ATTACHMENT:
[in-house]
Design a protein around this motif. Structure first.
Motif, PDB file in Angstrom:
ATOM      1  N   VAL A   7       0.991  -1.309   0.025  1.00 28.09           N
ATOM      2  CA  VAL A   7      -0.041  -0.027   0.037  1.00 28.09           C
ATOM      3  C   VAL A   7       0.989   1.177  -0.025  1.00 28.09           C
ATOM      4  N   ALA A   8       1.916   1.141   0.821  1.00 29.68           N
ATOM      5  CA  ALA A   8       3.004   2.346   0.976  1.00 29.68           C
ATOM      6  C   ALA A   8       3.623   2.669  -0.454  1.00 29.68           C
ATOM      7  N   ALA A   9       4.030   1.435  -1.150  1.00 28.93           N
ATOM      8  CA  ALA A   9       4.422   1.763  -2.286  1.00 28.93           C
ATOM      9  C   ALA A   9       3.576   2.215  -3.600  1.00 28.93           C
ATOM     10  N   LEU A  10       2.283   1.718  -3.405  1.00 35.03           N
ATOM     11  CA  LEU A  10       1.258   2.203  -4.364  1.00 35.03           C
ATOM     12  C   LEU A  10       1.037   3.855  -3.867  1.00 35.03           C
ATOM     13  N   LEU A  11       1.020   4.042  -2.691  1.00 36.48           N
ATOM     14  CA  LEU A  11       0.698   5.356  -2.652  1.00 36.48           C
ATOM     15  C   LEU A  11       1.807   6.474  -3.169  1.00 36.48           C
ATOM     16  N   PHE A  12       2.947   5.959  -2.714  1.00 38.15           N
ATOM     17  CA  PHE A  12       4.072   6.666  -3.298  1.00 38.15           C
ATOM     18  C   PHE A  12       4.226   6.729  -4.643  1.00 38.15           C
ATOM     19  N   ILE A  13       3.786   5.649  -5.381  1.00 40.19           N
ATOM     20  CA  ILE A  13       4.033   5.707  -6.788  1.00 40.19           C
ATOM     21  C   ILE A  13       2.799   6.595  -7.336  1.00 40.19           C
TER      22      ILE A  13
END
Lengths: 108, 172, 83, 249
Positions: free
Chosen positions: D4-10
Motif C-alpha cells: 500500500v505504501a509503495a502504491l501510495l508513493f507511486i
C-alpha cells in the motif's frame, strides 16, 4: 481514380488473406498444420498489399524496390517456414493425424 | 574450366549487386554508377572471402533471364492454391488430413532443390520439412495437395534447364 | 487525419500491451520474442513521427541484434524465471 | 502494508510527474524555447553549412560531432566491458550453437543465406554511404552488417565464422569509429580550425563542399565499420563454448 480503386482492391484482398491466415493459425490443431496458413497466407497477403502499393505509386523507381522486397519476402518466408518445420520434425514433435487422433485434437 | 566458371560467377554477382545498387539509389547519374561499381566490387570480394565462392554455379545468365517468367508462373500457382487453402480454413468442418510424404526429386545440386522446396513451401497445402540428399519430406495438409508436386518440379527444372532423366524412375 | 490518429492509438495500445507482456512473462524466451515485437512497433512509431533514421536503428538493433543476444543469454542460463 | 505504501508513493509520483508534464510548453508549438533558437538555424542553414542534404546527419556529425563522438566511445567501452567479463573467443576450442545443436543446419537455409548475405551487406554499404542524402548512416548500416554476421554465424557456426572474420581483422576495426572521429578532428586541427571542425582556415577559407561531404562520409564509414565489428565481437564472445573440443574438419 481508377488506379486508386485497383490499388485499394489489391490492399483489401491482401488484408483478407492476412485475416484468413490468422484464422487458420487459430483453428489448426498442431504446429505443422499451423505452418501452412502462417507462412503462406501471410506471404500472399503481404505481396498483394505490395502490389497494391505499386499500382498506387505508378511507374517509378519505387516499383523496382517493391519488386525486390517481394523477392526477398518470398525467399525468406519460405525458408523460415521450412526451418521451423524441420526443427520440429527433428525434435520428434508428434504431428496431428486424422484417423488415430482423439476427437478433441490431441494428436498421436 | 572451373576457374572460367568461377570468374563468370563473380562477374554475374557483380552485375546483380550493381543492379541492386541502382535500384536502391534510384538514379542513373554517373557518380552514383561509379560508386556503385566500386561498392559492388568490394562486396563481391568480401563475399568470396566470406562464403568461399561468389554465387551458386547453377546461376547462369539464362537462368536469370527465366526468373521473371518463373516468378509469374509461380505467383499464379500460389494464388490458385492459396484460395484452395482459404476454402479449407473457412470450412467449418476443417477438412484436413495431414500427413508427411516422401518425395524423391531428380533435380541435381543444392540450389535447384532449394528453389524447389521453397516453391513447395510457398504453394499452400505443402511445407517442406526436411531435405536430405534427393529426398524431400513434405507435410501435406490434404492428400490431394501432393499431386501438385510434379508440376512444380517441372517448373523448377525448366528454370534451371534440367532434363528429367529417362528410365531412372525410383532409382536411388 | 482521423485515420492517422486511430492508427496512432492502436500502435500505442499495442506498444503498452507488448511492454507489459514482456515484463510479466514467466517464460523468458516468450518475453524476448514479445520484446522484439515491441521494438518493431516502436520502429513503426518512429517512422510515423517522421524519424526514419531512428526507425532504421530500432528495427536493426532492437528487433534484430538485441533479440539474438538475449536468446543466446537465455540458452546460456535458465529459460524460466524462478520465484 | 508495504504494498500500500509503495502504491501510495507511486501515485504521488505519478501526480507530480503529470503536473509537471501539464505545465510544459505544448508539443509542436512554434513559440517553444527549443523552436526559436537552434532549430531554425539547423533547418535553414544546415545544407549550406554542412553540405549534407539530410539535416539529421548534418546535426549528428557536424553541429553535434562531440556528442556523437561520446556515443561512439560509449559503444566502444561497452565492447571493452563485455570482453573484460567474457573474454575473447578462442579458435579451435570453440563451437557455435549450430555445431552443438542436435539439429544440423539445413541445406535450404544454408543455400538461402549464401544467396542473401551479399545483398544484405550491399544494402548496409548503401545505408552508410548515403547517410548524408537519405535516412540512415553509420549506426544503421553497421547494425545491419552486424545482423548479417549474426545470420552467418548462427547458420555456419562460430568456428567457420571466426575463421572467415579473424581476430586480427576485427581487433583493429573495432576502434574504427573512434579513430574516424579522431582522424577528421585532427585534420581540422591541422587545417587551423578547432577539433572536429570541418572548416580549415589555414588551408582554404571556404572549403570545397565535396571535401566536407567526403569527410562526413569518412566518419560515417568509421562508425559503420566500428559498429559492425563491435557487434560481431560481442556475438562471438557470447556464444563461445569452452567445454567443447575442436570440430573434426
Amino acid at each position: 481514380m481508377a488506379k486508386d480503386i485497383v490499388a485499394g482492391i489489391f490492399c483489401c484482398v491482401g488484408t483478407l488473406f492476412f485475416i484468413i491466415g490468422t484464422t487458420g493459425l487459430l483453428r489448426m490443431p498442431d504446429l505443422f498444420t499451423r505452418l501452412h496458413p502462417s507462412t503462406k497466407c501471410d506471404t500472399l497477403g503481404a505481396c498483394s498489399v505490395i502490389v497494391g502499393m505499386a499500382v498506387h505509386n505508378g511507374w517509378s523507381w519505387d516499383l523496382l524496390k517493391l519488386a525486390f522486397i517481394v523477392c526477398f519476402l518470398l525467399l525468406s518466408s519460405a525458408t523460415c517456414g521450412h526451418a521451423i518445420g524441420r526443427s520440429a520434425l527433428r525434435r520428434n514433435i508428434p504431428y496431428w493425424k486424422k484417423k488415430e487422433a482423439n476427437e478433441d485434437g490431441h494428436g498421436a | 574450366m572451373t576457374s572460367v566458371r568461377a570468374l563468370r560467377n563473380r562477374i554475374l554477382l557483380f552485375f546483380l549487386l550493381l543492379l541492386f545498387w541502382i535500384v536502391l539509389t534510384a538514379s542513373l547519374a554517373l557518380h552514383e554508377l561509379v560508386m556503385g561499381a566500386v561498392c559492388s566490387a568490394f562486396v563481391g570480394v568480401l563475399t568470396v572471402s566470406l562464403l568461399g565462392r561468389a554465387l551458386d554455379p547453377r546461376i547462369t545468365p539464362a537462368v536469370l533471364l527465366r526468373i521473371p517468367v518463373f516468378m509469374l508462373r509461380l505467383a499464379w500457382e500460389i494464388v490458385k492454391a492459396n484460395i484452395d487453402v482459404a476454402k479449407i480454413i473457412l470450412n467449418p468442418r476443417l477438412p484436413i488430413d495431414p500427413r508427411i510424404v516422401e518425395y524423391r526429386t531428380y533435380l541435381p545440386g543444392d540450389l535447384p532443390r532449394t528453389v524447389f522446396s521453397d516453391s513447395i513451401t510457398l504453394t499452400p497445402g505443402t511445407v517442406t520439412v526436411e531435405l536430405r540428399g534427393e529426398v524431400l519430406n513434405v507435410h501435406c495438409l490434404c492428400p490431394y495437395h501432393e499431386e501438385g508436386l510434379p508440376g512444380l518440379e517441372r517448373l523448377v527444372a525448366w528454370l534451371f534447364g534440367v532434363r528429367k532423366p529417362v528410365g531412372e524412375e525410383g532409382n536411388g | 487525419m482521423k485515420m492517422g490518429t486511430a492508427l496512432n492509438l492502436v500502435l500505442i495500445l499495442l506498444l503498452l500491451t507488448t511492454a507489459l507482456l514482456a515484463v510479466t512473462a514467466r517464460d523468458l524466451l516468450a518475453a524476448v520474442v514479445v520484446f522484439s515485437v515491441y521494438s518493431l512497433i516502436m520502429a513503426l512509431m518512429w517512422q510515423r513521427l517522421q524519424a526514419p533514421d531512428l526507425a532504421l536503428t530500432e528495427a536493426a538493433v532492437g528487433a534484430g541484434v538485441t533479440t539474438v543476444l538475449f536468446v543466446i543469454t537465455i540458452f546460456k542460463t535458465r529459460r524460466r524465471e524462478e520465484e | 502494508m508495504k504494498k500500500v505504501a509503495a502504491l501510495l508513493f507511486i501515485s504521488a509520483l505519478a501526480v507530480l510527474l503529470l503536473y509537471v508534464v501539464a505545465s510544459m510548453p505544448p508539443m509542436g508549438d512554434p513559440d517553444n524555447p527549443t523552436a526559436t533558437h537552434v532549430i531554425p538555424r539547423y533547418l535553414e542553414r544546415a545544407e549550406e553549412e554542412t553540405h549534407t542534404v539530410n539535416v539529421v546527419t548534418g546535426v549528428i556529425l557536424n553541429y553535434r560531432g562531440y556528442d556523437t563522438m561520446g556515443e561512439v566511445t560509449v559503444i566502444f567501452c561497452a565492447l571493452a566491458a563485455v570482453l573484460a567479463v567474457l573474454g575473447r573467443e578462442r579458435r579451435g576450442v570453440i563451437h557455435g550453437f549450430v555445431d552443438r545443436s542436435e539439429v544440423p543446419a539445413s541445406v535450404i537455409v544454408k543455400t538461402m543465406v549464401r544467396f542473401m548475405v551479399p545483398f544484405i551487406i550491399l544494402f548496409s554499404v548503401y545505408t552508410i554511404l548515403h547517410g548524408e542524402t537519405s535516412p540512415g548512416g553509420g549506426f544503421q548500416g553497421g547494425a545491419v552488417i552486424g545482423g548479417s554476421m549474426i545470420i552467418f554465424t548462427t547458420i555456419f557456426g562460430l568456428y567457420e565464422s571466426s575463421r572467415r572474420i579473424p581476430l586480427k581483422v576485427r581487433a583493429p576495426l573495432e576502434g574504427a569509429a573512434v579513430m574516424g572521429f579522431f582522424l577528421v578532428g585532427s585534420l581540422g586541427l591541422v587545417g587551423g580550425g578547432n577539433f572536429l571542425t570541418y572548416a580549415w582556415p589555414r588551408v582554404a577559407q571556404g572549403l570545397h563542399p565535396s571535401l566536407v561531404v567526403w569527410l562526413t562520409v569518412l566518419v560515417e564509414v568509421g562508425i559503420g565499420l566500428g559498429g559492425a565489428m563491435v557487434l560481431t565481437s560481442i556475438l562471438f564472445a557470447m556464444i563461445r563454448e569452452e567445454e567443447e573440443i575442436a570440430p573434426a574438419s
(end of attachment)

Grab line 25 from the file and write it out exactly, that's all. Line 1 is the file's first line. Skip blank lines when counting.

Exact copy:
TER      22      ILE A  13